Similarly, AI-powered cybersecurity solutions have the power to dramatically increase the abilities of the MSSP to manage security processes. The technology lends itself to numerous scenarios because it can be used to analyse large tracts of data and detect anomalies through the use of machine learning. GenAI now takes this a step further because of its ability to not just interpret and predict but generate text and images.

In a cybersecurity context, GenAI can be used in TDIR to increase the speed and accuracy of response. Early research by a team at the Technology Innovation Institute in the UAE has shown that the technology was able to identify 14 attack types with 98% accuracy, for instance, and the expectation is that this will equip SOC teams to respond instantaneously. 

Gen AI can also be used to augment endpoint detection and response (EDR) and log analysis. One of the problems many encounter with using a Security and Incident Event Management (SIEM) solution is a high false positive rate due to their success at detecting suspicious or anomalous activity so the challenge that remains is to qualify these alerts. 

Looking for correlations of events or observations using contextual threat prioritisation (CTP) can significantly reduce false positive rates. This is where the SIEM uses its detection logic to target tactics, techniques, and procedures (TTPs) in line with a framework such as MITRE ATT&CK. Observations are enriched with the tactics, techniques and procedures (TTPs) identified in the framework but using GenAI these can be further refined by extracting relevant observation rules from threat intelligence or threat reports.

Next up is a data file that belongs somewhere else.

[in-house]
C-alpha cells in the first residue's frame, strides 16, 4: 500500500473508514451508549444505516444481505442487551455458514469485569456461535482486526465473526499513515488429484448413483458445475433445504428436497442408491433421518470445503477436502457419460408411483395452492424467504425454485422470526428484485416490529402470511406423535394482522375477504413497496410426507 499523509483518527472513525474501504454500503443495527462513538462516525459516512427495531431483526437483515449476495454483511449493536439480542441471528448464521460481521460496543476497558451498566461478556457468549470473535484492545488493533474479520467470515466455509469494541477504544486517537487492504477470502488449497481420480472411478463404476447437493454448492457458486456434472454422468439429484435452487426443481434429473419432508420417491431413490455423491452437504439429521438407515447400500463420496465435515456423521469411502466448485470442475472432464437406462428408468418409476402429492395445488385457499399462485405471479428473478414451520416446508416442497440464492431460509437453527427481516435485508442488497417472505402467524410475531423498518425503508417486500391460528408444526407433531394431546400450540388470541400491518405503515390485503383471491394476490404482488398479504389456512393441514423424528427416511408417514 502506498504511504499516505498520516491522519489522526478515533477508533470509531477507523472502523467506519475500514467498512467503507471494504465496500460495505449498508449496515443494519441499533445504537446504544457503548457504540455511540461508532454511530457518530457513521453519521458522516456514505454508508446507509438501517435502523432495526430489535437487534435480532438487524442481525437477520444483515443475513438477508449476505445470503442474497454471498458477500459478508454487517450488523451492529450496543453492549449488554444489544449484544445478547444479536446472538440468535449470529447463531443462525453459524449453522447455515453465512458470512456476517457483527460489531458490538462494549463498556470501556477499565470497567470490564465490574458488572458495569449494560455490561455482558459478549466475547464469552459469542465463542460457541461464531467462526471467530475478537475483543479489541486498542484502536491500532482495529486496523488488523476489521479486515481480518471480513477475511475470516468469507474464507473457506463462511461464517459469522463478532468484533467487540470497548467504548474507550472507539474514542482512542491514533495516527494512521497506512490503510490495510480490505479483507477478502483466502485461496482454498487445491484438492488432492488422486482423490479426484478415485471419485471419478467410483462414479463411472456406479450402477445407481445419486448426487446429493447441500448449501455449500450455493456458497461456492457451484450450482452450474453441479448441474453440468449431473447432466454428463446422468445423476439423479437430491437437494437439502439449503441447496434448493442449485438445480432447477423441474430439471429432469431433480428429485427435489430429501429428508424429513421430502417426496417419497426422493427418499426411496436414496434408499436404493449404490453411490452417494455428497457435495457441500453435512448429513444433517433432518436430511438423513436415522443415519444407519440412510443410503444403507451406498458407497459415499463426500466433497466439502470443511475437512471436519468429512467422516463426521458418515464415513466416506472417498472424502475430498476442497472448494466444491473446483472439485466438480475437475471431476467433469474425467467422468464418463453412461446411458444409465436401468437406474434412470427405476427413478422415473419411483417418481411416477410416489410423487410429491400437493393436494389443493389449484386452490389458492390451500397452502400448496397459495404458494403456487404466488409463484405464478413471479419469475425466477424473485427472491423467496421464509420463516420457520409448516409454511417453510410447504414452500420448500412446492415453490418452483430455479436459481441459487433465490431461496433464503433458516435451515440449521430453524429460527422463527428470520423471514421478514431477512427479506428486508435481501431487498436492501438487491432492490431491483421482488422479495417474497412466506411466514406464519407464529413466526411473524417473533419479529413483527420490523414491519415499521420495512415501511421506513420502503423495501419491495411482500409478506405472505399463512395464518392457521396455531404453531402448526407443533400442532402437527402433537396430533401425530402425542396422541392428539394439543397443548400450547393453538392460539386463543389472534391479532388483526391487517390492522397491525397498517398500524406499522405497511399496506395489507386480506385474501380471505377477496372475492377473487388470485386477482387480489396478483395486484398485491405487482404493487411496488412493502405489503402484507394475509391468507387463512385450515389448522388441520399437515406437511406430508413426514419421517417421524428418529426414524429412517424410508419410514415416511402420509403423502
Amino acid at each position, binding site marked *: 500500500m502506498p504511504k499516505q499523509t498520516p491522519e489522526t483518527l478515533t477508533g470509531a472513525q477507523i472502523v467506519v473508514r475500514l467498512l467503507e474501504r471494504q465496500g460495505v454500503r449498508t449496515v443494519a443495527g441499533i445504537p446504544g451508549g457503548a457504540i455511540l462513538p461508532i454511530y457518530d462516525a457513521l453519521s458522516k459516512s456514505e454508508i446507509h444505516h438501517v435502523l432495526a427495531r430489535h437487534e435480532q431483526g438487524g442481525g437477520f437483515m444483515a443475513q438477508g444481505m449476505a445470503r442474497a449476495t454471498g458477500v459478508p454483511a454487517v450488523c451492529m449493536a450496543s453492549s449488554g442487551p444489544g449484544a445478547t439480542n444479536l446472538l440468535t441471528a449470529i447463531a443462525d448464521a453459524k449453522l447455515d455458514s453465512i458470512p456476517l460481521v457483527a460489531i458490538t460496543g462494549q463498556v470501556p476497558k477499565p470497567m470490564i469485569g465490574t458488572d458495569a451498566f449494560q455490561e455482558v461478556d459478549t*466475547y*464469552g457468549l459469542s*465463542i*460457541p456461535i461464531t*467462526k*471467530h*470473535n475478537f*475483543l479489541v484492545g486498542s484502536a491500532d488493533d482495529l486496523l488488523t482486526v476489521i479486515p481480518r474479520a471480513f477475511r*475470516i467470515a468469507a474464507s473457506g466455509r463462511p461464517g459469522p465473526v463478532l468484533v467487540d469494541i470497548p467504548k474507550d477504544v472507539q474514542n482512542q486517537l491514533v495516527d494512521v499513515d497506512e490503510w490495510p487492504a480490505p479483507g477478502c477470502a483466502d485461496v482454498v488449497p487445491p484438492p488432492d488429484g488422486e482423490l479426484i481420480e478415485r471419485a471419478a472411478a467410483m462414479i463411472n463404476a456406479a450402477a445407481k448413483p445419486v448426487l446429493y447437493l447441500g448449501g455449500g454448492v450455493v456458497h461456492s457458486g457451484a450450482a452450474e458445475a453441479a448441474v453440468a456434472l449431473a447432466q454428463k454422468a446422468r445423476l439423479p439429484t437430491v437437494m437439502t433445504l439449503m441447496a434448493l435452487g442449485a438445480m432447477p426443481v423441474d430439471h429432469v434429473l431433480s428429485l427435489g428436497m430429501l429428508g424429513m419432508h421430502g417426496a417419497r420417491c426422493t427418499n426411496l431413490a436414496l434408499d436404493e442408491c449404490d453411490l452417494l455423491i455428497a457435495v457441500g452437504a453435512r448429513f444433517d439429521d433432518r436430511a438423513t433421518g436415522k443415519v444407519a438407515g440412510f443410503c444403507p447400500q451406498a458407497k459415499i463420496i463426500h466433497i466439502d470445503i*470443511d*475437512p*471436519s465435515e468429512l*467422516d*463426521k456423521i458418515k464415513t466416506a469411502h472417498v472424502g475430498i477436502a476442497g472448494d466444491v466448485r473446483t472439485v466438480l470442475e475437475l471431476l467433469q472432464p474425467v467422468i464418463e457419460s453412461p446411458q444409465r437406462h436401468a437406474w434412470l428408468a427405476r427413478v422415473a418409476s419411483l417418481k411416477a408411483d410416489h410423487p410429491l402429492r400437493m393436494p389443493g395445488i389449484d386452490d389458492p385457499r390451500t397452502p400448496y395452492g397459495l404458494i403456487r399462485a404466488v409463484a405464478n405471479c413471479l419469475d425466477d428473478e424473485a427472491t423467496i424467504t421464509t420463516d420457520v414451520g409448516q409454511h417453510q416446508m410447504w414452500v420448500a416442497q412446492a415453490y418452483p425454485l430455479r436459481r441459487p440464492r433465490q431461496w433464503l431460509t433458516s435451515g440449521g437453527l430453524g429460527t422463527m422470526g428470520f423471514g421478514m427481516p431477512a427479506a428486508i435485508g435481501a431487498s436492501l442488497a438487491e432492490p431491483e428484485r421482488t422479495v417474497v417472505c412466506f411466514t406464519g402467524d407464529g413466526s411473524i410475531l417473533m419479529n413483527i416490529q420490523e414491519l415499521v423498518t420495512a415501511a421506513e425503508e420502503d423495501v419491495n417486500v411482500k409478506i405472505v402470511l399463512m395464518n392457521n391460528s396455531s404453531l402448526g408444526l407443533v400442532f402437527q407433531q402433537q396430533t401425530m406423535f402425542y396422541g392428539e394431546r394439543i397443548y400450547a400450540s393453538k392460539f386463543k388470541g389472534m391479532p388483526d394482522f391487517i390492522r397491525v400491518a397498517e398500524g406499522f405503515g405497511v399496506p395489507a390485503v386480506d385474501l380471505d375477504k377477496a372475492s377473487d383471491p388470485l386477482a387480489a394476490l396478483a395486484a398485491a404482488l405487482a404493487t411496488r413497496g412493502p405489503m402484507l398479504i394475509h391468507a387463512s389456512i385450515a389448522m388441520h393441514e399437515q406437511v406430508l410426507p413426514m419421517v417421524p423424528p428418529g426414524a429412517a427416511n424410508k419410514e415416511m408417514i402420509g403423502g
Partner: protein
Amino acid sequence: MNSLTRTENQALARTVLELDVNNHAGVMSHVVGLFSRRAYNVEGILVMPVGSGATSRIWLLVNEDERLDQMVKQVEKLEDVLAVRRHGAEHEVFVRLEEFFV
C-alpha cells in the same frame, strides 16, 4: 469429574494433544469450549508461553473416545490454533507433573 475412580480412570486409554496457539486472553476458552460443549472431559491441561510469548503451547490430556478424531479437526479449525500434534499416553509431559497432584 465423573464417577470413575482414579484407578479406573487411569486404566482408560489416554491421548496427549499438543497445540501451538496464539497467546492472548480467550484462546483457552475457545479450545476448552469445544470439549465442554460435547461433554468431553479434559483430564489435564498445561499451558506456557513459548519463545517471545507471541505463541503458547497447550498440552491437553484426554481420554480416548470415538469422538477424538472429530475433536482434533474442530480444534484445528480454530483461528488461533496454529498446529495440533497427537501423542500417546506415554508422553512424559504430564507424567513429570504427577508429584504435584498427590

We can also expect GenAI to be used in other security practices. To help with attack simulations, for example, by mining information from multiple sources to create convincing attack scenarios. To rapidly reverse engineer code and look for vulnerabilities. And it will prove highly effective in a governance, risk and compliance (GRC) context by enabling information to be distilled and reports created and summarised. 

A call to arms for MSSPs

What this means for the MSSP is that they will need to find ways of working with technology partners to develop suitable AI solutions, enabling them to maximise current investment in machine learning and automation solutions. Bringing these elements together will then enable them to offer an end service greater than the sum of its parts because of its abilities to supplement and enhance outputs that give almost intuitive results at speed.

For the MSSP, expanding the portfolio with AI will therefore generate value but it will also enable it to expand its multi-tenant SOC without compromising on service delivery. While it can ingest high data volumes from endpoints and alerts which can be analysed in the SIEM it can also provide detailed customised investigation and remediation advice so that the service is both more efficient and more tuned to the customer. 

Looking to the future, Gartner predicts that over 80% of enterprises will be using GenAI technology by 2026, suggesting it’s going to become an essential part of operations. During that same time frame, the NCSC predicts the UK will ‘almost certainly’ see AI increase the volume and impact of cyber attacks and see an evolution in TTPs. Therefore, not only is there a clear demand from the market but MSSPs simply cannot ignore the threat posed by AI attacks. It may seem to go against the grain to look at expanding the portfolio but the reality is that those that fail to do so are liable to be left behind.